April 26, 2012
Bishop George Berkeley
“If a tree falls in the forest and no one is there to hear it, does it make a sound?” Although this famous quote is not the exact wording used by the philosopher Bishop George Berkeley, he was the inspiration behind this idea along with many others. Throughout his life, Berkeley developed theories that laid the foundation for the study of modern philosophy. His life experiences and travels assisted him in becoming the esteemed philosopher that he is regarded as today. Bishop George Berkeley was born near Thomastown, County Kilkenny, Ireland to a noble family. After graduating from Kilkenny College, he attended Trinity College in Dublin where he completed his master’s degree in tutoring and Greek lecturing. After he completed his education, he wrote many essays on his own philosophical theories. In 1709 Berkeley’s “Essay Towards a New Theory of Vision” was published. In the essay, he examines visual distance, magnitude, position, and problems of sight and touch. At the time the theory raised much controversy, however it is now established as an accepted part of the theory of optics. Berkeley’s “Treatise Concerning the Principles of Human Knowledge,” was then published in 1710. This specific theory is what gave him a lasting reputation; though few accepted it. Finally in 1713, Berkeley’s “Three Dialogues between Hylas and Philonous” was published. This work advocated his system of philosophy where the leading principle is that the world, as represented by our senses, depends for its existence on being perceived. His last two publications were “Siris: Philosophical reflections and inquiries concerning the virtues of tar-water, and divers other subjects connected together and arising from one another” in 1744, then “Further Thoughts on Tar-water,” in 1752. Pine tar was known to be an effective antiseptic and disinfectant when applied to cuts on the skin, yet Berkeley argued that the pine tar could be used as a broad panacea for diseases. He states this in his book on the medical benefits of pine tar. It was the best-selling book of his life.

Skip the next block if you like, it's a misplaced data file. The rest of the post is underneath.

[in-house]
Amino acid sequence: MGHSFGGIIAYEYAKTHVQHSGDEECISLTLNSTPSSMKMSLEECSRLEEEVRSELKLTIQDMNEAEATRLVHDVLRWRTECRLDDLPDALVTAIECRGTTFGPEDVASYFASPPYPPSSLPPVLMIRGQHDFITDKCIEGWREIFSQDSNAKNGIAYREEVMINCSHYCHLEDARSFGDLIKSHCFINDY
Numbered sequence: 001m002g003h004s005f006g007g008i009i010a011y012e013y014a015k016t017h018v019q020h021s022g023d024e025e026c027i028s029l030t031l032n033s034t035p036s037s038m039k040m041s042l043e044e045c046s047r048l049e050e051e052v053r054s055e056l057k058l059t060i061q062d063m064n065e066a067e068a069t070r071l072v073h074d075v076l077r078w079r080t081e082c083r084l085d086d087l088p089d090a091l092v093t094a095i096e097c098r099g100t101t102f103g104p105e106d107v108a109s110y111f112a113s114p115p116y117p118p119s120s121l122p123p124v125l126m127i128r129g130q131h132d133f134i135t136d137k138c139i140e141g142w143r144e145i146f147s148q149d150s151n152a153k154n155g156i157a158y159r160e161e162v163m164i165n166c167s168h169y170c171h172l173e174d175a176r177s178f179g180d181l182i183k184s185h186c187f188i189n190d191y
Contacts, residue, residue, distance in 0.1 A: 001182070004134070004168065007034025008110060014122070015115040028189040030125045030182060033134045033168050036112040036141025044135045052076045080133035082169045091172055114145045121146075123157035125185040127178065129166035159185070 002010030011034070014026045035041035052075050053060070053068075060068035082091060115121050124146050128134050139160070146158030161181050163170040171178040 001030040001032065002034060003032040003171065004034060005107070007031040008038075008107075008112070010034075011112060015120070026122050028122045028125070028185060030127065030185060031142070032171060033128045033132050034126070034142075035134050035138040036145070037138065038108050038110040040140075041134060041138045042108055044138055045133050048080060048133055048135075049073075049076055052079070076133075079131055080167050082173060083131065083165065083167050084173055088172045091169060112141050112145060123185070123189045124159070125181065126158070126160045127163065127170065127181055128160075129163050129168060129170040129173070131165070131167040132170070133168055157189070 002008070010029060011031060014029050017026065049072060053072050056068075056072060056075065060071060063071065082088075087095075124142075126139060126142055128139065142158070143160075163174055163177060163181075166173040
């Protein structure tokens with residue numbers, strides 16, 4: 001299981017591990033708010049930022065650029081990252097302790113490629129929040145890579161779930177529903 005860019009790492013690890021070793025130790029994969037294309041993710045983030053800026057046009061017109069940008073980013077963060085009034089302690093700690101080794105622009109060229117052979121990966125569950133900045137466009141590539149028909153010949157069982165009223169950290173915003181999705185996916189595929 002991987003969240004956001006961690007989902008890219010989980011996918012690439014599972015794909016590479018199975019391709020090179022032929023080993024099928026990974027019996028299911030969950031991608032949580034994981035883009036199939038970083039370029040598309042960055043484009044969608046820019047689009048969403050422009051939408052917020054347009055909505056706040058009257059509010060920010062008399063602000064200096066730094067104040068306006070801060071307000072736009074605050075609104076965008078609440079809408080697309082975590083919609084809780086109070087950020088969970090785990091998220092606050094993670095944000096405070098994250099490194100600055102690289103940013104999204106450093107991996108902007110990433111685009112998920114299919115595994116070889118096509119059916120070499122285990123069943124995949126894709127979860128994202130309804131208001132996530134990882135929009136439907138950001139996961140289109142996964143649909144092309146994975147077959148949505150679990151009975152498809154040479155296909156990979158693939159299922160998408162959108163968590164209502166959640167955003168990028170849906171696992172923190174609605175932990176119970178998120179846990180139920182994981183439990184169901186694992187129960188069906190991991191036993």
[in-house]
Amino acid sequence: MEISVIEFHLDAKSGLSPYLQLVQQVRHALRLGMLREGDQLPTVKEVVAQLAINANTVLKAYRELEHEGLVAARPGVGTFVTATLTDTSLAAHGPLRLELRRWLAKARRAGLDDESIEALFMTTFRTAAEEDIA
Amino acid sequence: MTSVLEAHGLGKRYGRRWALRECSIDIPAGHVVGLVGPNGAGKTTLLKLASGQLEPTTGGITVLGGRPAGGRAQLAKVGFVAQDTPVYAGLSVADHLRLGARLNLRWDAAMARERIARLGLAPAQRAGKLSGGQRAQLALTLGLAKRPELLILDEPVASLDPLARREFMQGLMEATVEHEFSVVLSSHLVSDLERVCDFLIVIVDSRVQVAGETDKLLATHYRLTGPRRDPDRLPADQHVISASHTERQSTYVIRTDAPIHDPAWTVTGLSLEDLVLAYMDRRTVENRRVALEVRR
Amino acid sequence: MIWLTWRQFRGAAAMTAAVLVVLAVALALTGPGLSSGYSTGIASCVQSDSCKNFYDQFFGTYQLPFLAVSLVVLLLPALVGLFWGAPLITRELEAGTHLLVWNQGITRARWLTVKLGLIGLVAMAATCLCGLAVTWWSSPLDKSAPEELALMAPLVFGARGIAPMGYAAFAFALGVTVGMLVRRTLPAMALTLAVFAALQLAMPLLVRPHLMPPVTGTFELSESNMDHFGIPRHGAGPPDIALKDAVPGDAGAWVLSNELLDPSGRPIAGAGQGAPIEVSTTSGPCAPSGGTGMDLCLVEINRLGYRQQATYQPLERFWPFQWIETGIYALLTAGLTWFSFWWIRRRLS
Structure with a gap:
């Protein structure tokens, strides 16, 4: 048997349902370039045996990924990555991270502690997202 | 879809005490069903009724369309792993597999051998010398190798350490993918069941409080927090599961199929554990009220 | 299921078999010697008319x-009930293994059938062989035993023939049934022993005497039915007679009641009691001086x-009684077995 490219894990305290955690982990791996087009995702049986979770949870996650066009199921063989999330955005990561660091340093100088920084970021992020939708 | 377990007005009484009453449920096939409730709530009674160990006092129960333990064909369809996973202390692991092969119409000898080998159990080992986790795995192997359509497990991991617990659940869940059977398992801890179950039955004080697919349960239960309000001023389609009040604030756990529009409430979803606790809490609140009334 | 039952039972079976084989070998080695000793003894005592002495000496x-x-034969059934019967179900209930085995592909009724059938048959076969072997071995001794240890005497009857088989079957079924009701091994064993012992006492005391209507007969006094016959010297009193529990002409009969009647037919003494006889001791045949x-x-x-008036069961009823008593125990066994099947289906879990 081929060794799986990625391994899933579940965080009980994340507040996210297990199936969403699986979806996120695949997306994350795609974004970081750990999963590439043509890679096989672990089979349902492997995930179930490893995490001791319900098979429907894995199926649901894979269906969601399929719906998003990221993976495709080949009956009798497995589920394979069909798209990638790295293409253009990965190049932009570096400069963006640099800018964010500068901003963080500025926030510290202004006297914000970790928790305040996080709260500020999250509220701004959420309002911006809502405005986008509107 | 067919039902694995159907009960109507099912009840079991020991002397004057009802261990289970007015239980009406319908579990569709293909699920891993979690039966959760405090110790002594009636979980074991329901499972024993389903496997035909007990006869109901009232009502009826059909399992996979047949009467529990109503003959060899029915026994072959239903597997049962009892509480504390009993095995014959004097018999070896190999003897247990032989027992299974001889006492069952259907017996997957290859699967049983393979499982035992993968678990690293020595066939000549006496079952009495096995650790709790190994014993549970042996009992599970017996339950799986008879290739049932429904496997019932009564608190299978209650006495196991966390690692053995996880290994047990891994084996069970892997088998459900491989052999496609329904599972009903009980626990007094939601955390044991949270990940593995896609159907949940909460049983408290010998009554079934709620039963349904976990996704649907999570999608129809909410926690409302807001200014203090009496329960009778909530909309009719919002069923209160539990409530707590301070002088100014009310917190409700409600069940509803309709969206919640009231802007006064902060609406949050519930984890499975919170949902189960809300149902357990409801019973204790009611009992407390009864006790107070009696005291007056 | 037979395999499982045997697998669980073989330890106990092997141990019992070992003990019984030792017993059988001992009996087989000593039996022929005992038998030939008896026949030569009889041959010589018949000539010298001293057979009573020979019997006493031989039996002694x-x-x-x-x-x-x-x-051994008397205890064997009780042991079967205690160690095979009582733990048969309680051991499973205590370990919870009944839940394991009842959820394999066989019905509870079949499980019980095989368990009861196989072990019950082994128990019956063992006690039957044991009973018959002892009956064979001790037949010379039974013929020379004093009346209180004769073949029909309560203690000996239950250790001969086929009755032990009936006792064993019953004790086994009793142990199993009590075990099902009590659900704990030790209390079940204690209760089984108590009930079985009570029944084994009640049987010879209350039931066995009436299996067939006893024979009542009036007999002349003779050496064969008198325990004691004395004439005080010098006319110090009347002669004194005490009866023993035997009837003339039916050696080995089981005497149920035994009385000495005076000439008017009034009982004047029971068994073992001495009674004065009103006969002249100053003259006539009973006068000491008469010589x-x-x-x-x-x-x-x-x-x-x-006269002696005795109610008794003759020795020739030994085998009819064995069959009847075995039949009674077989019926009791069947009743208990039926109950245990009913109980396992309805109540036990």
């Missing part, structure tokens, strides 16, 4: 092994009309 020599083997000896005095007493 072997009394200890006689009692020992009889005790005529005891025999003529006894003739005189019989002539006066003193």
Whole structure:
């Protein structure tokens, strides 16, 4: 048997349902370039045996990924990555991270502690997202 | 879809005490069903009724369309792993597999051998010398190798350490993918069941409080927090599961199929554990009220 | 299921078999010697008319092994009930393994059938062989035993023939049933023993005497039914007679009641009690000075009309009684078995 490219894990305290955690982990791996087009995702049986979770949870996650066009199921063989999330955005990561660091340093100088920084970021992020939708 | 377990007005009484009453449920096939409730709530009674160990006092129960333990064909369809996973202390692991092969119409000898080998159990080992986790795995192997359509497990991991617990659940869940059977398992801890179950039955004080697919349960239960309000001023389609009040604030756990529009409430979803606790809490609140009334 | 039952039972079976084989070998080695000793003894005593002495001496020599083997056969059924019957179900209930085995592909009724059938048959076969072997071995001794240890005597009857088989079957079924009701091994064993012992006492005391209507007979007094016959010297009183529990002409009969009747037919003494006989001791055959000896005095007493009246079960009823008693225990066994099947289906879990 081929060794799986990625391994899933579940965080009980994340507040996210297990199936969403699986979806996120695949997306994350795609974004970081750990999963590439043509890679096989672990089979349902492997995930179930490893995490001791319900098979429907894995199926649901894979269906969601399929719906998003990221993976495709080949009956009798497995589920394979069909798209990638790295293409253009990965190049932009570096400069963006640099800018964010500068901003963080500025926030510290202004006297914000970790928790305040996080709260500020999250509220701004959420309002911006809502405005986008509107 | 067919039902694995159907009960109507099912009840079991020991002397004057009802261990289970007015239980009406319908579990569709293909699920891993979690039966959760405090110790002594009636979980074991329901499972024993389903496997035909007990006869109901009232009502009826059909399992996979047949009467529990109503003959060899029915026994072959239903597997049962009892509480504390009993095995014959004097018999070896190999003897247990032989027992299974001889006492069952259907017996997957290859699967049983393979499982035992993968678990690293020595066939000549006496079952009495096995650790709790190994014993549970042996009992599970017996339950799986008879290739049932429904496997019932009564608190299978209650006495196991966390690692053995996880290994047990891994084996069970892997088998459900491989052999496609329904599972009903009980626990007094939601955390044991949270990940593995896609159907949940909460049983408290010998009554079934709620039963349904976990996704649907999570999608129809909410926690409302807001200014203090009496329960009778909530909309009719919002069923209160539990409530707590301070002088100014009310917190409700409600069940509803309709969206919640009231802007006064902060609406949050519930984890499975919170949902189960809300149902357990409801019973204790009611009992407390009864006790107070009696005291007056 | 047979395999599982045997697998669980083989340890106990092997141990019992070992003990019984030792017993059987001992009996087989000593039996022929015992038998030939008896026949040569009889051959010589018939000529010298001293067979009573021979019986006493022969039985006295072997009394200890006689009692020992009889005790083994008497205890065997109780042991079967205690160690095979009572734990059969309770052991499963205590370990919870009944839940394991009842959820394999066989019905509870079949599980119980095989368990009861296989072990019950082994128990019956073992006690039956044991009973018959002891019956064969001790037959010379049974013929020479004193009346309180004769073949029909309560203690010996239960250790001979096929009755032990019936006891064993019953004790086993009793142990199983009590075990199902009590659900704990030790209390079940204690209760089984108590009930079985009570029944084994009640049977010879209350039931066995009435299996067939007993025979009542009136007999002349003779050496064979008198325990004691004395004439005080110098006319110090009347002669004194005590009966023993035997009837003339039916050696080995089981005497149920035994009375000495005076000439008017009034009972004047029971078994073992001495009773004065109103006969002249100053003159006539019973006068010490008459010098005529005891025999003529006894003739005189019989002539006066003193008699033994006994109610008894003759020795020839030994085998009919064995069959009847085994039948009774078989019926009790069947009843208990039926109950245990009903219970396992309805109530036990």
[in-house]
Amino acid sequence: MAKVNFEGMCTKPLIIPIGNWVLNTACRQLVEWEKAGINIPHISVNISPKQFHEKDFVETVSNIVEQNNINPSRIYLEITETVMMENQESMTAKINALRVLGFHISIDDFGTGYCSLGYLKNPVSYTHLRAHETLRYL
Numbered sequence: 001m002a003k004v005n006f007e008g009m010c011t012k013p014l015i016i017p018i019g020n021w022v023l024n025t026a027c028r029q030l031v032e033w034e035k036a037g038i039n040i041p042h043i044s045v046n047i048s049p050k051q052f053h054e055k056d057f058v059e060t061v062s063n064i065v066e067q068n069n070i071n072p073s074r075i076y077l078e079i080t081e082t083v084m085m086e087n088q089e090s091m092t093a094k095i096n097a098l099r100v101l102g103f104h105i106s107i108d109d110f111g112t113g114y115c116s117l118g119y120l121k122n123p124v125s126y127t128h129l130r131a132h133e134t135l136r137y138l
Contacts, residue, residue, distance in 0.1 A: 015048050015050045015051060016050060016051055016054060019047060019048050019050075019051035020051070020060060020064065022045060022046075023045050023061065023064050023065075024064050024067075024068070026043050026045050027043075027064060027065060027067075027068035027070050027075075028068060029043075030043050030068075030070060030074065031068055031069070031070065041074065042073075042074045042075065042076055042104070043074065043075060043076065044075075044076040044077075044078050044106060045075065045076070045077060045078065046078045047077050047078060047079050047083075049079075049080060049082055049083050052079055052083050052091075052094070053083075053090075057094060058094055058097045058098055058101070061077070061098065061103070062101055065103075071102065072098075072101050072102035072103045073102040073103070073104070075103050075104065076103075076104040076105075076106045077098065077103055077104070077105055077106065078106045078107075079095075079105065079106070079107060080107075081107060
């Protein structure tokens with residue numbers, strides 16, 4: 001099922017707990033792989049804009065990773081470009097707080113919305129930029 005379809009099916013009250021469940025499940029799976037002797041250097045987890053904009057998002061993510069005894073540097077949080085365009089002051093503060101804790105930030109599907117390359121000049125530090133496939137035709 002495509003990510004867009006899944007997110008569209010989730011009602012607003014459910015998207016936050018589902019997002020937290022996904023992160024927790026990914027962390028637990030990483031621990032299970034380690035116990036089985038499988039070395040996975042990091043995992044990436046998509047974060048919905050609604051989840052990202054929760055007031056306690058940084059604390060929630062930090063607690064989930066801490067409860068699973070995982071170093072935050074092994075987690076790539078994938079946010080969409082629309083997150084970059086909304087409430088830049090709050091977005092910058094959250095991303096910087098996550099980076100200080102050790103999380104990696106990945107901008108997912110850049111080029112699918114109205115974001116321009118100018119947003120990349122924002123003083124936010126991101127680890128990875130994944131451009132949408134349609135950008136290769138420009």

As well as having a big part in the development of philosophy, Berkeley made large contributions in the fields of physics and mathematics. It is said that much of his philosophy is shaped by his involvement in science. He was also very influential in the development of mathematics, although in a rather indirect sense. "Berkeley was concerned with mathematics and it’s philosophical interpretation from the earliest stages of his intellectual life (Berkeley’s ‘Philosophical Commentaries’ 1707–1708”. In 1734, he published “The Analyst, A DISCOURSE Addressed to an Infidel Mathematician (a critique of Calculus).” Florian Cajori called this treatise “the most spectacular event of the century in the history of British mathematics.”
After Berkeley developed his system of Philosophy, he traveled to England where he was received into the circle of Addison, Pope, and Steele. In 1725, he founded a college in Bermuda that specialized in training ministers and missionaries in the colony. Three short years later he married Anne Forster, daughter of the Lord Chief Justice of Ireland. During that same year, he traveled to the United States, where he settled in Rhode Island. However, funds ran short and he was forced to return to London in 1732. After he returned to London, Berkeley helped establish a home for the city’s abandoned children known as the Foundling Hospital in 1741. Here the children were taught music and art.
Along with his studies, travels, and philosophical endeavors, Berkeley had a deep understanding of religion and theology. As a Christian, he personally believed God to be an immediate cause of all our experiences. “Whatever power I may have over my own thoughts, I find the ideas actually perceived by Sense have not a like dependence on my will. When in broad daylight...